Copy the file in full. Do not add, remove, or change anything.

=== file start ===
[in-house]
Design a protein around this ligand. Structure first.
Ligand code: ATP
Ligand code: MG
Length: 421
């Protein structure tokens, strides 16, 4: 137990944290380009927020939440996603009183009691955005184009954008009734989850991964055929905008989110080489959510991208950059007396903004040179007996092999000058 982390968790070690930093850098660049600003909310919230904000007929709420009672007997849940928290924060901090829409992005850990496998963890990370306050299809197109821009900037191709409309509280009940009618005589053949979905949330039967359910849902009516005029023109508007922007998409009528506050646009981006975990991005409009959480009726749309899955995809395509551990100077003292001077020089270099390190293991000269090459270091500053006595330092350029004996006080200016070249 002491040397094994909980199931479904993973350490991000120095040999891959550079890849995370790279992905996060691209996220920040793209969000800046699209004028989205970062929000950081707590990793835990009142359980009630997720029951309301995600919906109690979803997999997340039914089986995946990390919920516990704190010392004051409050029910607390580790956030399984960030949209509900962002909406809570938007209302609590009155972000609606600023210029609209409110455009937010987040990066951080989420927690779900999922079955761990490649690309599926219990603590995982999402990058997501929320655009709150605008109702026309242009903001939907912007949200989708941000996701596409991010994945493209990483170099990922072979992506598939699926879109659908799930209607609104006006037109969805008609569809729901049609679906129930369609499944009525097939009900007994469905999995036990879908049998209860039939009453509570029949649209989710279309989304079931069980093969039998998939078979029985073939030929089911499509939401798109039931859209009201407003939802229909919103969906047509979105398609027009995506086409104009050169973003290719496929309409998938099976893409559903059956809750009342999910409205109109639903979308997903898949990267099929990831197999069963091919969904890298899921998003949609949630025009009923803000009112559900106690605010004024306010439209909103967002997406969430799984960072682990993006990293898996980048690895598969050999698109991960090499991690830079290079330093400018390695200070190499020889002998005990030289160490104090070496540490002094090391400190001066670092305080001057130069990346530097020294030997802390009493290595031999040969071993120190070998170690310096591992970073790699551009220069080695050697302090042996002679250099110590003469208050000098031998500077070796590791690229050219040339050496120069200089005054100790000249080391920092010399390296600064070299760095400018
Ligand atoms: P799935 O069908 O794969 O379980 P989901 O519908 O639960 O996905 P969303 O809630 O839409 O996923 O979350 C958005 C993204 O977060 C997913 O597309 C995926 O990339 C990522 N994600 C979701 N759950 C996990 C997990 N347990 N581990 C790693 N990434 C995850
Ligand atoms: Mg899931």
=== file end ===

[in-house]
Design a protein around this ligand. Structure first.
Ligand code: ATP
Ligand code: MG
Length: 421
């Protein structure tokens, strides 16, 4: 137990944290380009927020939440996603009183009691955005184009954008009734989850991964055929905008989110080489959510991208950059007396903004040179007996092999000058 982390968790070690930093850098660049600003909310919230904000007929709420009672007997849940928290924060901090829409992005850990496998963890990370306050299809197109821009900037191709409309509280009940009618005589053949979905949330039967359910849902009516005029023109508007922007998409009528506050646009981006975990991005409009959480009726749309899955995809395509551990100077003292001077020089270099390190293991000269090459270091500053006595330092350029004996006080200016070249 002491040397094994909980199931479904993973350490991000120095040999891959550079890849995370790279992905996060691209996220920040793209969000800046699209004028989205970062929000950081707590990793835990009142359980009630997720029951309301995600919906109690979803997999997340039914089986995946990390919920516990704190010392004051409050029910607390580790956030399984960030949209509900962002909406809570938007209302609590009155972000609606600023210029609209409110455009937010987040990066951080989420927690779900999922079955761990490649690309599926219990603590995982999402990058997501929320655009709150605008109702026309242009903001939907912007949200989708941000996701596409991010994945493209990483170099990922072979992506598939699926879109659908799930209607609104006006037109969805008609569809729901049609679906129930369609499944009525097939009900007994469905999995036990879908049998209860039939009453509570029949649209989710279309989304079931069980093969039998998939078979029985073939030929089911499509939401798109039931859209009201407003939802229909919103969906047509979105398609027009995506086409104009050169973003290719496929309409998938099976893409559903059956809750009342999910409205109109639903979308997903898949990267099929990831197999069963091919969904890298899921998003949609949630025009009923803000009112559900106690605010004024306010439209909103967002997406969430799984960072682990993006990293898996980048690895598969050999698109991960090499991690830079290079330093400018390695200070190499020889002998005990030289160490104090070496540490002094090391400190001066670092305080001057130069990346530097020294030997802390009493290595031999040969071993120190070998170690310096591992970073790699551009220069080695050697302090042996002679250099110590003469208050000098031998500077070796590791690229050219040339050496120069200089005054100790000249080391920092010399390296600064070299760095400018
Ligand atoms: P799935 O069908 O794969 O379980 P989901 O519908 O639960 O996905 P969303 O809630 O839409 O996923 O979350 C958005 C993204 O977060 C997913 O597309 C995926 O990339 C990522 N994600 C979701 N759950 C996990 C997990 N347990 N581990 C790693 N990434 C995850
Ligand atoms: Mg899931």